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Safe Travels

Kids, Cars, and Virginia's Laws

When my daughter was four months old, my mother asked when I would turn her rear-facing car seat around so she could be “more entertained and less prone to suffer from motion sickness.” Tiny from the get-go, my daughter was nowhere near the height and weight recommendations for the forward-facing position, so I carefully explained to my mother the virtues and regulations surrounding car safety. I may have even thrown in something about today’s standards differing wildly from the days of my childhood, when she probably threw me in a cardboard box on the front seat next to her.

It’s true, car safety standards have progressed quite a bit in the last several decades, and Virginia has several laws in place to ensure road safety. Here are some basics.

Seat belts: Virginia requires children under 8 to be placed in car safety seats approved by the U.S. Department of Transportation. Rear-facing infant car seats are prohibited in the front seat of passenger vehicles, unless the vehicle does not have a back seat area. Additionally, all drivers and front seat passengers must be secured by safety belts, and kids under 18 must be secured by a safety belt, regardless of where they sit in the vehicle.

The National Highway Traffic Safety Administration recommends that all children 12 and under buckle up in the back seat. Furthermore, the American Academy of Pediatrics doesn’t even have an age cut-off for this recommendation, stating, “Sitting in the back seat is safest for every human being.”

Texting: As of 2009, it is illegal to text and drive in Virginia. Roughly one third of Virginia drivers admitted to texting while driving in a 2008 study by Vlingo, and that’s only the people who admitted to it. Since texting while driving can increase risk of crash more than 23 times compared to non-distracted driving (VTTI, 2009), the prohibition on texting while driving is a necessary move toward road safety in Virginia.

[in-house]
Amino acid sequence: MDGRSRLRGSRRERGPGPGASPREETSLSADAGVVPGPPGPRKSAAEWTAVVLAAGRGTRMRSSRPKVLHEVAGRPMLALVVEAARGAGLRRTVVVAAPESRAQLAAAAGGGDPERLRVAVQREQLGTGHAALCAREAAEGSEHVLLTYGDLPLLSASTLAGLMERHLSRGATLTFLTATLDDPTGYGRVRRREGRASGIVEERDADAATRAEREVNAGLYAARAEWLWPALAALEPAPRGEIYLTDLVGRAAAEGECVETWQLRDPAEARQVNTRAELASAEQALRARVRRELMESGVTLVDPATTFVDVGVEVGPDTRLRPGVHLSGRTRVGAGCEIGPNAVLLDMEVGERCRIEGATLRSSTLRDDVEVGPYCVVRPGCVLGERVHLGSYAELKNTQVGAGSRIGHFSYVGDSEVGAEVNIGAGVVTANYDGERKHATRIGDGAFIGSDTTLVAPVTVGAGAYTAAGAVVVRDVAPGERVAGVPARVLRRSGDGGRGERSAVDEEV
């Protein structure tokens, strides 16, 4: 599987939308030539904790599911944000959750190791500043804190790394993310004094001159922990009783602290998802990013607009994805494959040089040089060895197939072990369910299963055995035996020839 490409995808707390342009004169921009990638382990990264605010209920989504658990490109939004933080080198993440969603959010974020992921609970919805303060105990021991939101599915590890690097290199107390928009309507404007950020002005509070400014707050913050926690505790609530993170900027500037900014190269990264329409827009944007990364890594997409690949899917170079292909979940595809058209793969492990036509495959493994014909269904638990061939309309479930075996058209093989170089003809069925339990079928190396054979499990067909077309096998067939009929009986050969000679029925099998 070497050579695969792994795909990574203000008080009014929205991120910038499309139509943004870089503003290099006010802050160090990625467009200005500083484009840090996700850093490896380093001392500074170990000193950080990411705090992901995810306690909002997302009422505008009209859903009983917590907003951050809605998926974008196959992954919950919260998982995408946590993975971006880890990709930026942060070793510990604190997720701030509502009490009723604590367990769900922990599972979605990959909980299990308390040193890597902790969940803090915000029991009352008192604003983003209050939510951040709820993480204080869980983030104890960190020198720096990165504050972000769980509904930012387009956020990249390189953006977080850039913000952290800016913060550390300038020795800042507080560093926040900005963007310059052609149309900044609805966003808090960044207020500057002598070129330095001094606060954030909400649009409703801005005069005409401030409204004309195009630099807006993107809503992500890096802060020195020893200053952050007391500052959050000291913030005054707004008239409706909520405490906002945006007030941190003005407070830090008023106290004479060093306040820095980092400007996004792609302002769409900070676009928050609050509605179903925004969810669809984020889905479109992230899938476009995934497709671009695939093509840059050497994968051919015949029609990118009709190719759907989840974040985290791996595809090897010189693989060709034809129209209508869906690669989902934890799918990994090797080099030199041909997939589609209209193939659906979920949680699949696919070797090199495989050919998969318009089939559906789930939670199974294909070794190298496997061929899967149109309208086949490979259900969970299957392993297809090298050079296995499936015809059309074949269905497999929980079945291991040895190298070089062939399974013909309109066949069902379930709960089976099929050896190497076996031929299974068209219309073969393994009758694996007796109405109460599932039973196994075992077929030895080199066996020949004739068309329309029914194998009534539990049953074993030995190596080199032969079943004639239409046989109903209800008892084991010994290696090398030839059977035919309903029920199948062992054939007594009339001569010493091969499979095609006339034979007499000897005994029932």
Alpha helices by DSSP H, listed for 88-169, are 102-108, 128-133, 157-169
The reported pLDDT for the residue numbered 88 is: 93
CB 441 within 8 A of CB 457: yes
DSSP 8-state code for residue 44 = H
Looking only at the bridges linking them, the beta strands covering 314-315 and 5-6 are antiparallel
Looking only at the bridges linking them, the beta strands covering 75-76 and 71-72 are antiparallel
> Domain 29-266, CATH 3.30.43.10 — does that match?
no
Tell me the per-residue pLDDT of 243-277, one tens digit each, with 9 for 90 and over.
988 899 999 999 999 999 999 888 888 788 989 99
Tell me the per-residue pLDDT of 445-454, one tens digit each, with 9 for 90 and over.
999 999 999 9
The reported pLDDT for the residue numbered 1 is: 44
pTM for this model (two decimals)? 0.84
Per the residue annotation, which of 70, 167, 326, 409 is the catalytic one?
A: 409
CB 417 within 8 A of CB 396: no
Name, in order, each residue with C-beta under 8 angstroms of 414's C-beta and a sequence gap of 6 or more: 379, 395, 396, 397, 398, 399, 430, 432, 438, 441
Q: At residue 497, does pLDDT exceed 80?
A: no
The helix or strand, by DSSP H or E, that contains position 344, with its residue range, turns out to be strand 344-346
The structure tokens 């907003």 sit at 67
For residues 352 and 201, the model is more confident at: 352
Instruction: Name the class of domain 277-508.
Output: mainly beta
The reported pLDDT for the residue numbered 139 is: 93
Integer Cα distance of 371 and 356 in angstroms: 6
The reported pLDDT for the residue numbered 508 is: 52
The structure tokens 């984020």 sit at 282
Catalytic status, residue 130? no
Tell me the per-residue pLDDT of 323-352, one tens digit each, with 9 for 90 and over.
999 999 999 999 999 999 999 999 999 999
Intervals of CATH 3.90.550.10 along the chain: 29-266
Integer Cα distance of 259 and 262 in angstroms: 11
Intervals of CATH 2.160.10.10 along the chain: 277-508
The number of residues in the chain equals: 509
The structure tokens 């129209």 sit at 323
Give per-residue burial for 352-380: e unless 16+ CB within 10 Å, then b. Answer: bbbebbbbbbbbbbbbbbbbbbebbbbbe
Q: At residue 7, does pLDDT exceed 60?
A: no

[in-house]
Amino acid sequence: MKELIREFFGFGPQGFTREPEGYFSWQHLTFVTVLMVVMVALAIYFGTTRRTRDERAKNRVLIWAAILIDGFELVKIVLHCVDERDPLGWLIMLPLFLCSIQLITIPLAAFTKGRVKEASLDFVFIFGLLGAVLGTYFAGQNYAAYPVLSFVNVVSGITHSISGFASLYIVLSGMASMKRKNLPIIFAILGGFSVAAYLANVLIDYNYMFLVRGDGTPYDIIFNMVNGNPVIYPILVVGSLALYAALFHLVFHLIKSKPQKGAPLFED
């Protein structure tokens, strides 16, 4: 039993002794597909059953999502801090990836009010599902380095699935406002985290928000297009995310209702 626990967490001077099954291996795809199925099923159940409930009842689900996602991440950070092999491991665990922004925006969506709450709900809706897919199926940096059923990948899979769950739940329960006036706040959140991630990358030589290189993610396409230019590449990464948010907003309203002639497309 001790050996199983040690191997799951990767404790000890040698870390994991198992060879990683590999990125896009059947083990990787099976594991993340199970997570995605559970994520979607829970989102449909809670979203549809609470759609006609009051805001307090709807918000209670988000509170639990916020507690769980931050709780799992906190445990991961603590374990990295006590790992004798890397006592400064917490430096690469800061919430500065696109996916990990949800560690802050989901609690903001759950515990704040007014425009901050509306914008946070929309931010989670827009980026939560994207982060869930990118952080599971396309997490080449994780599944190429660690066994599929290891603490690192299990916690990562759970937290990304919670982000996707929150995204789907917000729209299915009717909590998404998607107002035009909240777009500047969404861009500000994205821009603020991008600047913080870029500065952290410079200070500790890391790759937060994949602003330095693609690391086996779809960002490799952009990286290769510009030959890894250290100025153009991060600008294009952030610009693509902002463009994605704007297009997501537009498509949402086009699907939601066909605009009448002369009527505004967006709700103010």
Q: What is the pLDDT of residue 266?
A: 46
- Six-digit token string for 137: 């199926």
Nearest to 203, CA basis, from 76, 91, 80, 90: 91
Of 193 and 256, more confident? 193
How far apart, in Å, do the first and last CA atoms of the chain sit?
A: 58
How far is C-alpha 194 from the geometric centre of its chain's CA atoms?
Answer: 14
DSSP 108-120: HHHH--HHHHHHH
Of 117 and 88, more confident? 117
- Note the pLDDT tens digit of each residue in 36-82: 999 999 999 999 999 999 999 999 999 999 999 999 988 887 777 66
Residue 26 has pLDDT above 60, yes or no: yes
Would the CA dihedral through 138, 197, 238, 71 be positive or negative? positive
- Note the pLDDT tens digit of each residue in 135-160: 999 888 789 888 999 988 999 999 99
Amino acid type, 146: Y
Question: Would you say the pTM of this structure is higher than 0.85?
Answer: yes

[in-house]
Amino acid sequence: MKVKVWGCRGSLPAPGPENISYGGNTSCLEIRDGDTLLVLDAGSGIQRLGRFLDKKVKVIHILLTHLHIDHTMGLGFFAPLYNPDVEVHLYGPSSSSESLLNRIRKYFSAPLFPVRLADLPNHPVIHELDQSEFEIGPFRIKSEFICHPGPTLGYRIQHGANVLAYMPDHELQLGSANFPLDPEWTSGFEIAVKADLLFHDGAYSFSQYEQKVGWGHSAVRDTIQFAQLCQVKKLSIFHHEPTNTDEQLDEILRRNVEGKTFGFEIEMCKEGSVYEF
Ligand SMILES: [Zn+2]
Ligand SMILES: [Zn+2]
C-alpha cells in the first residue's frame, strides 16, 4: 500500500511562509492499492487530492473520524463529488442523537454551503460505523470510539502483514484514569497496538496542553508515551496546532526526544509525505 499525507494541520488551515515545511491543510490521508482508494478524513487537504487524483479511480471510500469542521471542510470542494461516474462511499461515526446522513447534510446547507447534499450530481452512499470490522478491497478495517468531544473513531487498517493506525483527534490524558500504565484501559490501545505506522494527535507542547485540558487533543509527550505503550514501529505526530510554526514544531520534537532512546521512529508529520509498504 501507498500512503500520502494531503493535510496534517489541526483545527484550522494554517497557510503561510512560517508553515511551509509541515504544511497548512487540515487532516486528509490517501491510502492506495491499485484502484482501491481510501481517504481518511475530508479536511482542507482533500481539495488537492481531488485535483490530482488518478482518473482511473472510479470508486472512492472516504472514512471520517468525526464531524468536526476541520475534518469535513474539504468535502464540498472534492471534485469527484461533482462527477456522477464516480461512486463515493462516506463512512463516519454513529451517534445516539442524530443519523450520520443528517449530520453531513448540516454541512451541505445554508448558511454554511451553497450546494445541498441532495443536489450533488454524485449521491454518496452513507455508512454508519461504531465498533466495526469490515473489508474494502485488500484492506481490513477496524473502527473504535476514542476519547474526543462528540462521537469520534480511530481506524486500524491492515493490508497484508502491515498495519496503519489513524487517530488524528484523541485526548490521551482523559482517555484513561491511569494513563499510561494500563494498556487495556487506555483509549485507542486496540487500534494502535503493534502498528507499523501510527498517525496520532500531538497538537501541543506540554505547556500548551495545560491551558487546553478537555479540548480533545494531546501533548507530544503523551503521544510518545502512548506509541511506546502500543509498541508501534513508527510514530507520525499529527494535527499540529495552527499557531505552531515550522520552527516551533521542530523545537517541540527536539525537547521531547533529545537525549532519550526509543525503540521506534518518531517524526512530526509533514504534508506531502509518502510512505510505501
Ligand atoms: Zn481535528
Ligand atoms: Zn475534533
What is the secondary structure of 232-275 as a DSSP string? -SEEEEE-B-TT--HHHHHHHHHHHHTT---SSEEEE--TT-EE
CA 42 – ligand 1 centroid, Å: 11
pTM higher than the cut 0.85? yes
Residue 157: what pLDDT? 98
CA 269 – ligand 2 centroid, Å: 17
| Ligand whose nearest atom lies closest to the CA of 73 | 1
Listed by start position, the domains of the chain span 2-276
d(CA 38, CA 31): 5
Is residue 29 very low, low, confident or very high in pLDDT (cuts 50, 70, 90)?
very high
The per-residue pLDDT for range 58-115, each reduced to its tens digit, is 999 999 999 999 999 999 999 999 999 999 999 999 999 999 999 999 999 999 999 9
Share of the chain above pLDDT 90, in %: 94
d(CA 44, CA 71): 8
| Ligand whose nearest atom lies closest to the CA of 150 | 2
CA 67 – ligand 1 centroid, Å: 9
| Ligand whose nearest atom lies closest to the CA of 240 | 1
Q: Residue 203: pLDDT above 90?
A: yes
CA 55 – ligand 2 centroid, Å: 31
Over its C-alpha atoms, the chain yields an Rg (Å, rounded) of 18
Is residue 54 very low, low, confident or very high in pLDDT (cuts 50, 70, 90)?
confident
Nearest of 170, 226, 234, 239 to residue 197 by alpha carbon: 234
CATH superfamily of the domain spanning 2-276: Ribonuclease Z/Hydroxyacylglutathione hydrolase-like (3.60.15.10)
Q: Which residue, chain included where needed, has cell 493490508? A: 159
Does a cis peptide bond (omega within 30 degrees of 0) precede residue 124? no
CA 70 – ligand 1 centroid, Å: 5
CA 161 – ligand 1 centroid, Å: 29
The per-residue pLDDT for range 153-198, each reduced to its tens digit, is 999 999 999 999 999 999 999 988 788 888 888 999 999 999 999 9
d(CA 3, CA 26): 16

Cell Phones: Kids under age of 18 are banned from using any mobile device, even hands-free, while driving. Frankly, we all know the horror stories of accidents caused by drivers who were distracted by cell phone use. As parents and responsible adults, we all need to take Oprah’s No Phone Zone challenge and refrain from talking on our cell phones while driving. Whether the law requires it or not, it’s the right move.

Driving Under the influence: It’s no surprise that driving under the influence of alcohol or drugs is prohibited, but pay attention, because Virginia’s laws are tough. First time offenders face a one-year suspension of driving privileges as well as possible fines and jail time. And if there is a minor present in the vehicle? Mandatory jail time, even for first time offenders. Penalties get much steeper for multiple offenders.

Driving is serious business. And there are lots of choices we make each time we get behind a wheel and join the masses out on the roads. When parents strive to make their choices reflect how much they love their kids, the roads will be safer for everyone.

Kelly Hall, Esq., is a full-time mom and part-time attorney. Through Legal Ease in RFM, she contributed articles about family law, legislation, and other legal issues for four years until she moved out of the area with her family in 2014.
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